Lottery board approves Keno and eLottery; Beshear says move is not being considered for funding pensions

03/22/2013 03:27 PM

The Kentucky Lottery Board announced their decision to offer Keno and Internet-based lottery ticket sales on Friday as negotiations among legislators drag on over how to fund the pension system’s required payments.

The move to allow the sale of tickets was led by Treasurer Todd Hollenbach, who made the motion to allow the gaming change.

In February, House Democrats announced they would prefer to fund the pension system using new revenue. And they rolled out a package of funding sources that included receipts from Keno, Internet lottery sales and instant racing revenue.

House and Senate leaders have been locked in negotiations over whether or not to outline such funding sources as part of broader reforms to the Kentucky Retirement Systems. Those talks have gone on throughout the two-week veto period. Lawmakers are set to return for the final two days of the 2013 session on Monday and Tuesday.

Hollenbach said the move to approve the lotto sales stems from the need for additional revenue in the cash-strapped state but said Gov. Steve Beshear did not ask him to make the move.

The governor has pushed for a large expansion of gaming for several sessions, but told Pure Politics the move was not currently being considered for the pension system shortfall.

“While I favor the expansion, this decision by the board was not part of any discussions among House and Senate leadership and myself regarding funding pension reform, and is not being considered as part of any funding mechanism for pension reform,” Beshear said in a statement to Pure Politics.

House Speaker Greg Stumbo, D-Prestonsburg, also said he did not have anything to do with the decision but welcomed the move by the lottery board.

“As the lottery’s original sponsor, I have long argued that I think the board has the authority to take the action it did today,” Stumbo said.

Senate Republicans have been hesitant to take up any measure that has to do with additional new revenue to deal with the funding the pension system. Senate President Robert Stivers, R-Manchester, told Pure Politics in a telephone interview that he was not in favor of using the possible additional revenue for the pension system.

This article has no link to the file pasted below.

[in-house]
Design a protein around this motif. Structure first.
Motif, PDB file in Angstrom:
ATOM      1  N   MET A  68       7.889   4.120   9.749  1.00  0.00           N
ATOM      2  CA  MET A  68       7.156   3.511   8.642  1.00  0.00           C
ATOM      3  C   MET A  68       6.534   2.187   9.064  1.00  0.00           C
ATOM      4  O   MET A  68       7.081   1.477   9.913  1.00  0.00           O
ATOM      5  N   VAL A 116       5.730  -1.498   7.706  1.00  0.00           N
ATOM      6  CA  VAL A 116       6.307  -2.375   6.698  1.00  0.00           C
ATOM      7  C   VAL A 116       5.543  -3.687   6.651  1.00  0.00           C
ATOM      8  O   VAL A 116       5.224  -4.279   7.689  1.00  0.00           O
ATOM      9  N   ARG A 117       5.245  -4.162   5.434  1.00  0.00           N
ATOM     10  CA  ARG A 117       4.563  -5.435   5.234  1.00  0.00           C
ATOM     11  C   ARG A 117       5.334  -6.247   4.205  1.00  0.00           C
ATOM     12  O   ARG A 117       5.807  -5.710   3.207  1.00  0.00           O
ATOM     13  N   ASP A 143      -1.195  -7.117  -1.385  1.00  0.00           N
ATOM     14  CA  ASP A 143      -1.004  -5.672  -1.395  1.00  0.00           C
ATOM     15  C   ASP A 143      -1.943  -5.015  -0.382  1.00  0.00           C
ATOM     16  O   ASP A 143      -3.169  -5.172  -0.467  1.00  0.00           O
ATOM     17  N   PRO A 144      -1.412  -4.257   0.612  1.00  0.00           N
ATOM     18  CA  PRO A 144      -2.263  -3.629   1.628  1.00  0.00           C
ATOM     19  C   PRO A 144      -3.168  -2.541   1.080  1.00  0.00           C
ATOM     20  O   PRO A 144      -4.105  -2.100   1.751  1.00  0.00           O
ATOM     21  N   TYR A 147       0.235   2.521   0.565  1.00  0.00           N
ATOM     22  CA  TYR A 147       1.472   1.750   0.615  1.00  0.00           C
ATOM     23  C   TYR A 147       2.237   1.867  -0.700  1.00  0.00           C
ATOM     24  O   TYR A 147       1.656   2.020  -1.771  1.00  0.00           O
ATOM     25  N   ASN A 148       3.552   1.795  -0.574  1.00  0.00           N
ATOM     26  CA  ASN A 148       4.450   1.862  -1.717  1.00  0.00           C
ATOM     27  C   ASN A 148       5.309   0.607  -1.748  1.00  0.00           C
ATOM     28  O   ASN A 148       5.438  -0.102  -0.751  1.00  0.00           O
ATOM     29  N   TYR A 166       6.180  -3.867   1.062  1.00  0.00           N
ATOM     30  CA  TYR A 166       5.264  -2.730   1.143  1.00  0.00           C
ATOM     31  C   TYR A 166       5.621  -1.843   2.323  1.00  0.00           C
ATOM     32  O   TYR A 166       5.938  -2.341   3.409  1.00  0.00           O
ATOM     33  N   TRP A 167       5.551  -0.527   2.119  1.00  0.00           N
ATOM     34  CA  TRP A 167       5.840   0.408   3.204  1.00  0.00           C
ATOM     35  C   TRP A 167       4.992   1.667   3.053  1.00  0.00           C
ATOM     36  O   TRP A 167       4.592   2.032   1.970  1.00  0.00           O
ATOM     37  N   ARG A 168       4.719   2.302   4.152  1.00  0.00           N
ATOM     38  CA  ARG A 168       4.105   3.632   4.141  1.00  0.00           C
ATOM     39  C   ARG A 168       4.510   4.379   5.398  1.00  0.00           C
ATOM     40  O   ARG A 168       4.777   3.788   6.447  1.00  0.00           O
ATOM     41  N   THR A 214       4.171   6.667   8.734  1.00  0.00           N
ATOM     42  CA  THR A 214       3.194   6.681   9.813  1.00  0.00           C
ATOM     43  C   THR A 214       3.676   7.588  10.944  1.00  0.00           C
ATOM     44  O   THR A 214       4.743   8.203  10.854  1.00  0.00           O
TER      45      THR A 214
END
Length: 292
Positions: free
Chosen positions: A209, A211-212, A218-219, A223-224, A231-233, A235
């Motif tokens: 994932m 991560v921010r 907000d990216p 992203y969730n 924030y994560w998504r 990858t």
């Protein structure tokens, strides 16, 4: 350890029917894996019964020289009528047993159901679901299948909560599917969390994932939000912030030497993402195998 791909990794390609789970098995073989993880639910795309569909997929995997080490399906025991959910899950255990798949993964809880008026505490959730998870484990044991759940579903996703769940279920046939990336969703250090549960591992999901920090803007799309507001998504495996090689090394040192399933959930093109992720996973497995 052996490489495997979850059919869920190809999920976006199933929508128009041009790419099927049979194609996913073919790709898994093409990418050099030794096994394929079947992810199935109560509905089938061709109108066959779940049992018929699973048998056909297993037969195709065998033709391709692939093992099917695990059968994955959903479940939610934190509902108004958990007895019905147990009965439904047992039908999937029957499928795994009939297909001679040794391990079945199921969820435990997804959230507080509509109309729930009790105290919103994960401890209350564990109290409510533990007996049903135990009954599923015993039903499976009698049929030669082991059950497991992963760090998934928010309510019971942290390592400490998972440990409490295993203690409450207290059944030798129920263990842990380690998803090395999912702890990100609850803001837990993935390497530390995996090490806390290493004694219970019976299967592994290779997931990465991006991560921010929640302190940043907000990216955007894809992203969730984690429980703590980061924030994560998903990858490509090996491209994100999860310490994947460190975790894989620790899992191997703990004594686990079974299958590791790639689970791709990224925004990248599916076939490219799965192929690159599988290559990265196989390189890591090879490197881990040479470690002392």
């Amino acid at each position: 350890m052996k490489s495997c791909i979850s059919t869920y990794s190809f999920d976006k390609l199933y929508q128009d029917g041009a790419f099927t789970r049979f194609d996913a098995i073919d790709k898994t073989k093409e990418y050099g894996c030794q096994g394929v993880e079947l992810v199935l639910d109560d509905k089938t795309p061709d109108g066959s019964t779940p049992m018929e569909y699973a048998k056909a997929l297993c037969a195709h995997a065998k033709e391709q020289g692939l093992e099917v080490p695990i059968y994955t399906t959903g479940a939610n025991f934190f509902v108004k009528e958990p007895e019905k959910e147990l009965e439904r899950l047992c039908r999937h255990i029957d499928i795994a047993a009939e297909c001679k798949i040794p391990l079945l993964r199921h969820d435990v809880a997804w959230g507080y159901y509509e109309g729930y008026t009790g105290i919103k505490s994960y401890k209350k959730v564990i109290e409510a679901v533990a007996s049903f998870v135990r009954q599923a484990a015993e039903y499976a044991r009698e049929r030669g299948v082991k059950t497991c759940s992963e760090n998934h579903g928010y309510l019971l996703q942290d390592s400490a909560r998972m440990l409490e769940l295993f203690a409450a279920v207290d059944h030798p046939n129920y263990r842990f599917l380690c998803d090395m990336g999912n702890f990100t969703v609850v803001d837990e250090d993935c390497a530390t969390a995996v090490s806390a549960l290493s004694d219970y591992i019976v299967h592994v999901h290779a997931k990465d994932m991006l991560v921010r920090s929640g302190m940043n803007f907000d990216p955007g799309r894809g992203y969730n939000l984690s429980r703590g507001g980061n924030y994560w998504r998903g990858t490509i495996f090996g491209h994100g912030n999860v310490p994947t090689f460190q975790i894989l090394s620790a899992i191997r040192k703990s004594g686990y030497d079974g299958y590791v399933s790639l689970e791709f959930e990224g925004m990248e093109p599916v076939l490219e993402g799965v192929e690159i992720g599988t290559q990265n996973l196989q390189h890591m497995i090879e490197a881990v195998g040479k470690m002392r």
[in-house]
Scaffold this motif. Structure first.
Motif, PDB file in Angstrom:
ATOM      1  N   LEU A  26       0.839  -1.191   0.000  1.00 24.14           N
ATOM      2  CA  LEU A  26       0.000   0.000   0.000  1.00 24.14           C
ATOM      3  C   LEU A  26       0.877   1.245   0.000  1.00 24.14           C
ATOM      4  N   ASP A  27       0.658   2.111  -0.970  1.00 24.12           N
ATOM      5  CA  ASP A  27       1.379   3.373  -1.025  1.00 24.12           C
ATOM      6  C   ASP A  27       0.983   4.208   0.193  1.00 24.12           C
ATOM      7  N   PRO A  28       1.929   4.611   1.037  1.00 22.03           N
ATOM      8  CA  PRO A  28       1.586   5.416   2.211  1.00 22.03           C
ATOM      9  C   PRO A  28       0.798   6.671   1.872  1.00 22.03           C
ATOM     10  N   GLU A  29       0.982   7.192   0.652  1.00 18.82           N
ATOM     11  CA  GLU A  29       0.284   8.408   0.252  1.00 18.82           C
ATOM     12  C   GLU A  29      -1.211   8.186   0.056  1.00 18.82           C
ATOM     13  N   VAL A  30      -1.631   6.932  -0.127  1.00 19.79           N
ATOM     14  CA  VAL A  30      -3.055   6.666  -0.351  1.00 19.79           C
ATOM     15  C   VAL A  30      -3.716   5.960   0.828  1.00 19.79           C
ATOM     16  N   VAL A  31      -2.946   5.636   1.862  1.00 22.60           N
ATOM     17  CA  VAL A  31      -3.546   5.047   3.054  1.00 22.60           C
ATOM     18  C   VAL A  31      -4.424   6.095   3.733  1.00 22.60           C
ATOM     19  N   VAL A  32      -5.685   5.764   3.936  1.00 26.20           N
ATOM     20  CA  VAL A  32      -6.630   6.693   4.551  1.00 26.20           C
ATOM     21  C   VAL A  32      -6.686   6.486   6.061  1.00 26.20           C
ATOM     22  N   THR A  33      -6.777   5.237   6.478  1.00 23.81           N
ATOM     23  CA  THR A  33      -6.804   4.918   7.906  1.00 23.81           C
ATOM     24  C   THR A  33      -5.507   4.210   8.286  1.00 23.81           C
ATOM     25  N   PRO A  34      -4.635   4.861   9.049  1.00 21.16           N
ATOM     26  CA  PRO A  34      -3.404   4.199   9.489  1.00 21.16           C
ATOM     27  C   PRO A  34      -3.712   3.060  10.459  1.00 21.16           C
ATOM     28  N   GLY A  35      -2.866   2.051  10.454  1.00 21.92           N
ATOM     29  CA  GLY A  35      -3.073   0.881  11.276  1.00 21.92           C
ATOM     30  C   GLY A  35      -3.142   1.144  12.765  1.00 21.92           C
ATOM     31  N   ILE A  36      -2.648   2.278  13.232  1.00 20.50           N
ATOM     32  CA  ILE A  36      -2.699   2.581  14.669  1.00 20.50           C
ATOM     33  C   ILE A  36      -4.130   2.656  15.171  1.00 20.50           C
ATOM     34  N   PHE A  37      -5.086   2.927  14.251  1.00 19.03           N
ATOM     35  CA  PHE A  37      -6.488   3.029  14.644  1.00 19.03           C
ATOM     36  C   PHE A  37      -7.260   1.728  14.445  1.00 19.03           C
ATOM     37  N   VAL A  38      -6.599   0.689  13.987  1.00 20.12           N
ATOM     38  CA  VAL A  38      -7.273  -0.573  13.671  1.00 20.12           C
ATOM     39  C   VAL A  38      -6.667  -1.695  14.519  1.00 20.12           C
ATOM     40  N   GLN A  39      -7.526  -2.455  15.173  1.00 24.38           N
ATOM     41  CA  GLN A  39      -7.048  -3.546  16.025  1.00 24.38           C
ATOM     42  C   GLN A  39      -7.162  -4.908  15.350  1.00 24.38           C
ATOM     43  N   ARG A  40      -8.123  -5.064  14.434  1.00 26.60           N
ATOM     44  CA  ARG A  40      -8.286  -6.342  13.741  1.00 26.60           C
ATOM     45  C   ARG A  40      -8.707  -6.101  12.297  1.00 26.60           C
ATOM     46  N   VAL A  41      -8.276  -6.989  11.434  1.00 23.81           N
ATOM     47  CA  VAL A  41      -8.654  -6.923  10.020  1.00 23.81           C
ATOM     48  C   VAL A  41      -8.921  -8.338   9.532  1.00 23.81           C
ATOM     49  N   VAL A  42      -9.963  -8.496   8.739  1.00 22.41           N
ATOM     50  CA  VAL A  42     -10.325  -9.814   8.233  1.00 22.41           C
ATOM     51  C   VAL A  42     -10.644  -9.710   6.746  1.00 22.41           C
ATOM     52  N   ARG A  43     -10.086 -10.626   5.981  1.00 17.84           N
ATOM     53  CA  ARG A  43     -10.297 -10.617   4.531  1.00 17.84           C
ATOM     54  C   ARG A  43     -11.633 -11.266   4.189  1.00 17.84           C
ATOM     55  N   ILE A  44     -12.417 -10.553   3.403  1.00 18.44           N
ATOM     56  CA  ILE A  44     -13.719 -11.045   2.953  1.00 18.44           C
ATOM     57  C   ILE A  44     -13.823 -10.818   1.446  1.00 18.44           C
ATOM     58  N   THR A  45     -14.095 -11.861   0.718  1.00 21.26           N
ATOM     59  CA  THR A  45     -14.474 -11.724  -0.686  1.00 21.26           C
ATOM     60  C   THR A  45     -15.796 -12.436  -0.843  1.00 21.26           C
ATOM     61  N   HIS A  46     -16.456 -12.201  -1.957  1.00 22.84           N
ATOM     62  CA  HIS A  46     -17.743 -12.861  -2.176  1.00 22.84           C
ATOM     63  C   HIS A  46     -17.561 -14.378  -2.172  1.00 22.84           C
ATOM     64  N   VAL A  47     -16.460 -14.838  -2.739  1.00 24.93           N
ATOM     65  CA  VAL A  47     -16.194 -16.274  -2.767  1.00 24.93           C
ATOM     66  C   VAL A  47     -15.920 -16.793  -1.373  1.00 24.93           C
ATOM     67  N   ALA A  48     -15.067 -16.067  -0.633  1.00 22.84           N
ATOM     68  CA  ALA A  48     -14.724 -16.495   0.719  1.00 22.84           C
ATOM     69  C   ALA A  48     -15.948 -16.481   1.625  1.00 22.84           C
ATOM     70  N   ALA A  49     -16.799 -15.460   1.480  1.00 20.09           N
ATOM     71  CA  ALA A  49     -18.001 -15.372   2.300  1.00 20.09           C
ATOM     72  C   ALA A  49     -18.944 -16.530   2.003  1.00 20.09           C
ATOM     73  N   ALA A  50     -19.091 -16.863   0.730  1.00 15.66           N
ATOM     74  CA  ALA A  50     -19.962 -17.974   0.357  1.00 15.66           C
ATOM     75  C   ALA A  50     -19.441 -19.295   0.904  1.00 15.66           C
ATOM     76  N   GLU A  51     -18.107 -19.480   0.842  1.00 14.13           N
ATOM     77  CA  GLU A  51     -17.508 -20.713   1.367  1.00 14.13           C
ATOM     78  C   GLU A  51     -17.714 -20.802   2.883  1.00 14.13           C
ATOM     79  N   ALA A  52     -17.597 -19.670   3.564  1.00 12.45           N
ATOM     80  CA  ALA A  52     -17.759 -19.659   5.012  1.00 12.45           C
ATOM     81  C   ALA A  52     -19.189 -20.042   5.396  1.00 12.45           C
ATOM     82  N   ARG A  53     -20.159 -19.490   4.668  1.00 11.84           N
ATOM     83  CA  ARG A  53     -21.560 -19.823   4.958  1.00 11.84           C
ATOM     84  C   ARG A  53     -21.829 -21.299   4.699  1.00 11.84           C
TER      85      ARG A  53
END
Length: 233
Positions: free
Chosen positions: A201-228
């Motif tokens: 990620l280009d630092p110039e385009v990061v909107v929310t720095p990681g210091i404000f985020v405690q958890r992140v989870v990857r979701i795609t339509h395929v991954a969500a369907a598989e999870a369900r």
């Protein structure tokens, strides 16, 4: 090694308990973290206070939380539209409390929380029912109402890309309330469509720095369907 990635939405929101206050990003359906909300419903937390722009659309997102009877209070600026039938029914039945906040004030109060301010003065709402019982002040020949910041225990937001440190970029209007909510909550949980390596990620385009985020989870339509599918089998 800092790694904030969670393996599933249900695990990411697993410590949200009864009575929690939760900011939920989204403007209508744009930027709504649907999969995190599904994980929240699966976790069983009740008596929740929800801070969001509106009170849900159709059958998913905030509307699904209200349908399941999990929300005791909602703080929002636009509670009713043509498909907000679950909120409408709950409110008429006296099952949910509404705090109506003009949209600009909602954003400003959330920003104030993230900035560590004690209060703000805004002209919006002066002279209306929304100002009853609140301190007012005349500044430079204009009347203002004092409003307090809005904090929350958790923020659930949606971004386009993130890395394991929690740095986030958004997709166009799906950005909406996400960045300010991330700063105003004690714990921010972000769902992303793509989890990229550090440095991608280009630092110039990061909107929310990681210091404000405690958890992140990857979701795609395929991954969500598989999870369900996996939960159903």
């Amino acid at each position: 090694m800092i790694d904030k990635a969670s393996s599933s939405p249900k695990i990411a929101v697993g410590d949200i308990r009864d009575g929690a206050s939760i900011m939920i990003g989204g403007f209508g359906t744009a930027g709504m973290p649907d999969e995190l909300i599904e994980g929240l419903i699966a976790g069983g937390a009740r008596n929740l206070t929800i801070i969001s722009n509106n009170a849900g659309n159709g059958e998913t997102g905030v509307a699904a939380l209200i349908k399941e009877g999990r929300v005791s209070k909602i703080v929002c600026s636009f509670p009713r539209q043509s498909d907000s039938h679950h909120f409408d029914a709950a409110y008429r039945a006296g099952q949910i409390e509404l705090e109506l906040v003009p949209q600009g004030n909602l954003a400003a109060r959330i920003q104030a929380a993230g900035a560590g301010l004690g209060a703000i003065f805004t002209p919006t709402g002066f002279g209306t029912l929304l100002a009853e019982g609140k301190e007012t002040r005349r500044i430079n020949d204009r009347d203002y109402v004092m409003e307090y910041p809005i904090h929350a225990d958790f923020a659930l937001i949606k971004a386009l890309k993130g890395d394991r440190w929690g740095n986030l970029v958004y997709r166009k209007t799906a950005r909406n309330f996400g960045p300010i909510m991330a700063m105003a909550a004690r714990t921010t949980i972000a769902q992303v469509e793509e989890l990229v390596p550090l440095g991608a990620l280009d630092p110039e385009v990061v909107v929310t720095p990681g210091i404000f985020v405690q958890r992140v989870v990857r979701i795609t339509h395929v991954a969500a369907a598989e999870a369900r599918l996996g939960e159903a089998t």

“It is not something you can count on,” Stivers said of the revenue to the state that could be raised. “There’s too much ambiguity.”

Stivers said he was going to continue to meet with the governor and House leadership in Frankfort over the weekend to try and work out a compromise on the pension impasse.

The move to institute the games will take six to nine months to “ramp up,” according to Hollenbach. But he said in a decade the projections indicate “an additional $85-million a year” in new revenue.

It will be up to the General Assembly to determine how the additional resources will be spent or saved.

Keno is currently offered in 13 states, and the Kentucky Lotto said the game involves players picking from numbers 1 through 10, with the lottery drawing 20 numbers every four to five minutes from a field of 80. Players can win anywhere from $1 to $100,000 on a $1 play.

Hollenbach said that Keno would be rolled out first and that it is mainly a social game typically played at taverns and bowling alleys.

The eLottery system would start a few months later, and would allow individuals to create online accounts to play — and pay for — existing lottery games.

A 2011 U.S. Department of Justice opinion said that Internet wagering within a state is not illegal as long as the game wagered on was legal within the state, and it did not involve sports betting.


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